Here are our TIPS OF THE WEEK! We send little tidbits out every week to keep our families informed about what is going on in class each week.
Hand-Eye Coordination: Playing instruments, such as sand blocks with a back and forth alternating movement, gives the child an opportunity to develop hand-eye coordination. The eye leads the hand movements,so that the internal knowledge becomes the basis for the movement. This connection of movement with sight is essential in writing, drawing, playing an instrument, learning a sport or dancing.
Expressive Movement: Turn on the music and enjoy dancing while doing chores! During class, we are exploring and creating our own movements as well as using movements expressively in pretend play. In both kinds of activities, they are exploring and learning about themselves and their environment. Expressive movement strenghtens gross motor and social skills and nurtures children’s creativity and imagination. The freedom of creative movement also helps children to express their emotions and relieve some tension.
Music For the Young Child/ Superstar Young Musicians
Benefits of Rhythm: The rhythm of music and language are connected. Children love to read, speak, and hear rhythm. Think of the silly rhythm rhyming stories and poems of your childhood. This skill helps your child understand that lanugage is rhythmic, thus fostering reading fluidity and a love for language and literature.
Barre étiquette: In Ballet, the barre represents holding you partner’s hand. So when you have to turn around, politely turn towards the barre, as though you are turning towards your partner. Turning away from the barre would be like turning your back on your poor partner.
Musical Improvisation: Each student has a section on their Medal Level sheet dedicated to improvisation. The definition of improvisation is the creative activity of immediate (“in the moment”) musical composition. This is an essential part of learning to be a well-rounded musician but is often the most feared by music learners. Here at Myriad we have a system in place that eliminates all fear by giving our students very structured boundaries to begin the process of learning this difficult concepts. As our students improve and become more comfortable with improv, the foundries start to fall away bit by bit until they are doing it with almost no help at all.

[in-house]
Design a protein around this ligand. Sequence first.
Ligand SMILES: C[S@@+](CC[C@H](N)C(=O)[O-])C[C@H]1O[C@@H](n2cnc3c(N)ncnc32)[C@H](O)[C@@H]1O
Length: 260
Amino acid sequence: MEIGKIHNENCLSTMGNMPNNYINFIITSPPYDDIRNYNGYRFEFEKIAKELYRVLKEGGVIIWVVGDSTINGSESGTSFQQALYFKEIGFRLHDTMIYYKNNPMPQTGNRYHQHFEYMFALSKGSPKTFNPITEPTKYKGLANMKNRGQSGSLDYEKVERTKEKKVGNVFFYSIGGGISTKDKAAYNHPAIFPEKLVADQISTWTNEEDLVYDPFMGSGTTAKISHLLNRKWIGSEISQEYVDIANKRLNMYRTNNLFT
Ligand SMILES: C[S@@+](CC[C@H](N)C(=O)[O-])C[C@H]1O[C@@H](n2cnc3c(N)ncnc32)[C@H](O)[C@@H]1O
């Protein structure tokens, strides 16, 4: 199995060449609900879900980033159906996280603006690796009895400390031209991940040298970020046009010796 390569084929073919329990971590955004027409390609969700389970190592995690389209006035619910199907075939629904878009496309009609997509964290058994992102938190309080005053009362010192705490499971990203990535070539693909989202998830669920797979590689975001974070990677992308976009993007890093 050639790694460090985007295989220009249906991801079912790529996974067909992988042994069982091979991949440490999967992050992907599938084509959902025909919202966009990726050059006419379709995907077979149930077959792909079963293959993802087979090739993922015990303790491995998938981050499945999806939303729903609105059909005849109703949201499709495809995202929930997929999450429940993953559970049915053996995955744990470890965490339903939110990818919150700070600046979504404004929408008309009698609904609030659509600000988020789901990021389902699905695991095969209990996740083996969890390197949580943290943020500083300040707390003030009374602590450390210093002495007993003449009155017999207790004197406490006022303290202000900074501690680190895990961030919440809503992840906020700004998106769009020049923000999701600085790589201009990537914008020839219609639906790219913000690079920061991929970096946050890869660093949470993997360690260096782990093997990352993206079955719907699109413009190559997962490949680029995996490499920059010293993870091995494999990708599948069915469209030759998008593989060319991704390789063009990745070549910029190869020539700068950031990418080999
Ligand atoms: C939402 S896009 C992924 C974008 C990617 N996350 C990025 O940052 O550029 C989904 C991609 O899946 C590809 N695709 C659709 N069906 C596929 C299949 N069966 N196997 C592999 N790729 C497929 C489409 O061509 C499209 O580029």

“Think down” for high notes: When you sing your warm-ups, try thinking of the way an elevator works: a heavy weight is attached to pulley, and as the weight pulls down, the elevator goes up to the higher floors. So, the highest floor is reached with the weight us heaviest. Similarly, you should use the most “weight” on your highest notes.
“Sometimes, you are going to be so frustrated you want to give up the guitar- you’ll hate the guitar. But all of this is just a part of learning, because if you stick with it, you’re going to be rewarded.”- Jimi Hendrix This is a great quote because no matter what instrument you are learning, there will be a certain degree of frustration. Here at Myriad we have many, many tools in place to keep the frustration to a minimum. The best advice we have is to keep working. If you practice regularly and follow your teachers’ practice tips, you will begin to see how fun playing guitar can really be. Jimi Hendrix knows!
Play with good tone: To play with good “tone” and sound, listen to the bow on the string and try to play without sounding scratchy. Practice with a nice smooth bowing motion, in a way that sounds beautiful. When you change directions with the bow, do it smoothly and easily.
Check out Marc O’Connor’s website: http://www.markoconnor.com/ We use this method book in our daily lessons
Embouchure: Because everybody has individual teeth and lip shape, there are a number of embouchure developed. None of them are right or wrong, you’ll have to find the way that feels best for you. There are some general rules though that apply to most of them. You must keep the corners of your mouth firm so the air won’t leak from there. When going up, it’s generally a better idea to push the lips a bit more center than to stretch them. Stretching will thinner the lip tissue which will expose it to damage and will make the sound thinner.